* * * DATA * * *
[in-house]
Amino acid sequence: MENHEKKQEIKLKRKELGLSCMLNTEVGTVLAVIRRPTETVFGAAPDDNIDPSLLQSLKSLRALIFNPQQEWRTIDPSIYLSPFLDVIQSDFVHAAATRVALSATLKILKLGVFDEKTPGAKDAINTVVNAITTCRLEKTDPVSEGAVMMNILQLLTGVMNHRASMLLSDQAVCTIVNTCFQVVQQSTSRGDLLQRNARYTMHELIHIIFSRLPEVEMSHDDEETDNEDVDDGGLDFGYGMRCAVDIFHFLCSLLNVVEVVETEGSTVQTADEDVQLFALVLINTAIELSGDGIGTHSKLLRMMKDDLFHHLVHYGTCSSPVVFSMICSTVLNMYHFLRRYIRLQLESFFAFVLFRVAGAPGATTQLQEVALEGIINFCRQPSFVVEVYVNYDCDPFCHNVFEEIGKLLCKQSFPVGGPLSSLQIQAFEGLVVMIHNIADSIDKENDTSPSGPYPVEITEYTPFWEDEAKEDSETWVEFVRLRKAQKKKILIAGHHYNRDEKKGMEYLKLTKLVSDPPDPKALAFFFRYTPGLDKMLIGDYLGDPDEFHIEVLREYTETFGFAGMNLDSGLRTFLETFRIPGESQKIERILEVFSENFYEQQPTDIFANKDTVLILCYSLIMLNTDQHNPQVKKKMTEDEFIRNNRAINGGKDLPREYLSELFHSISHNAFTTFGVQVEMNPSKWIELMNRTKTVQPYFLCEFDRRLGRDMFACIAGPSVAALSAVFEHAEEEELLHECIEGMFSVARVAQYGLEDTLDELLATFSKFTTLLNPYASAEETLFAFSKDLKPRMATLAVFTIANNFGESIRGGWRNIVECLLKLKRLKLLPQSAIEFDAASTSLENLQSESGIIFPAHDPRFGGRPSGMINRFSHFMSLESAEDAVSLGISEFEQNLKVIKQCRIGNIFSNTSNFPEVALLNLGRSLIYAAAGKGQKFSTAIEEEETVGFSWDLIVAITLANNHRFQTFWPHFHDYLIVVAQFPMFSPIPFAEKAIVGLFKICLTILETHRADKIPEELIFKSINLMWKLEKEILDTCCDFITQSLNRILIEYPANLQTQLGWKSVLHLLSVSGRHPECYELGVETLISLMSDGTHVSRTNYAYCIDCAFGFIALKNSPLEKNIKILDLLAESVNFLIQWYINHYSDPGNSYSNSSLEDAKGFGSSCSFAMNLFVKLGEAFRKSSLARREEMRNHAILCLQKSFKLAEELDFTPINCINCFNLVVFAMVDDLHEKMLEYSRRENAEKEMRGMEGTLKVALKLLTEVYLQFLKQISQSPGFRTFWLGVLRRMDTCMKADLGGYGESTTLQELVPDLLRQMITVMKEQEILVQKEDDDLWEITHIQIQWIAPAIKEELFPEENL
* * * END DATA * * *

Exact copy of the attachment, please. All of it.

[in-house]
Amino acid sequence: MENHEKKQEIKLKRKELGLSCMLNTEVGTVLAVIRRPTETVFGAAPDDNIDPSLLQSLKSLRALIFNPQQEWRTIDPSIYLSPFLDVIQSDFVHAAATRVALSATLKILKLGVFDEKTPGAKDAINTVVNAITTCRLEKTDPVSEGAVMMNILQLLTGVMNHRASMLLSDQAVCTIVNTCFQVVQQSTSRGDLLQRNARYTMHELIHIIFSRLPEVEMSHDDEETDNEDVDDGGLDFGYGMRCAVDIFHFLCSLLNVVEVVETEGSTVQTADEDVQLFALVLINTAIELSGDGIGTHSKLLRMMKDDLFHHLVHYGTCSSPVVFSMICSTVLNMYHFLRRYIRLQLESFFAFVLFRVAGAPGATTQLQEVALEGIINFCRQPSFVVEVYVNYDCDPFCHNVFEEIGKLLCKQSFPVGGPLSSLQIQAFEGLVVMIHNIADSIDKENDTSPSGPYPVEITEYTPFWEDEAKEDSETWVEFVRLRKAQKKKILIAGHHYNRDEKKGMEYLKLTKLVSDPPDPKALAFFFRYTPGLDKMLIGDYLGDPDEFHIEVLREYTETFGFAGMNLDSGLRTFLETFRIPGESQKIERILEVFSENFYEQQPTDIFANKDTVLILCYSLIMLNTDQHNPQVKKKMTEDEFIRNNRAINGGKDLPREYLSELFHSISHNAFTTFGVQVEMNPSKWIELMNRTKTVQPYFLCEFDRRLGRDMFACIAGPSVAALSAVFEHAEEEELLHECIEGMFSVARVAQYGLEDTLDELLATFSKFTTLLNPYASAEETLFAFSKDLKPRMATLAVFTIANNFGESIRGGWRNIVECLLKLKRLKLLPQSAIEFDAASTSLENLQSESGIIFPAHDPRFGGRPSGMINRFSHFMSLESAEDAVSLGISEFEQNLKVIKQCRIGNIFSNTSNFPEVALLNLGRSLIYAAAGKGQKFSTAIEEEETVGFSWDLIVAITLANNHRFQTFWPHFHDYLIVVAQFPMFSPIPFAEKAIVGLFKICLTILETHRADKIPEELIFKSINLMWKLEKEILDTCCDFITQSLNRILIEYPANLQTQLGWKSVLHLLSVSGRHPECYELGVETLISLMSDGTHVSRTNYAYCIDCAFGFIALKNSPLEKNIKILDLLAESVNFLIQWYINHYSDPGNSYSNSSLEDAKGFGSSCSFAMNLFVKLGEAFRKSSLARREEMRNHAILCLQKSFKLAEELDFTPINCINCFNLVVFAMVDDLHEKMLEYSRRENAEKEMRGMEGTLKVALKLLTEVYLQFLKQISQSPGFRTFWLGVLRRMDTCMKADLGGYGESTTLQELVPDLLRQMITVMKEQEILVQKEDDDLWEITHIQIQWIAPAIKEELFPEENL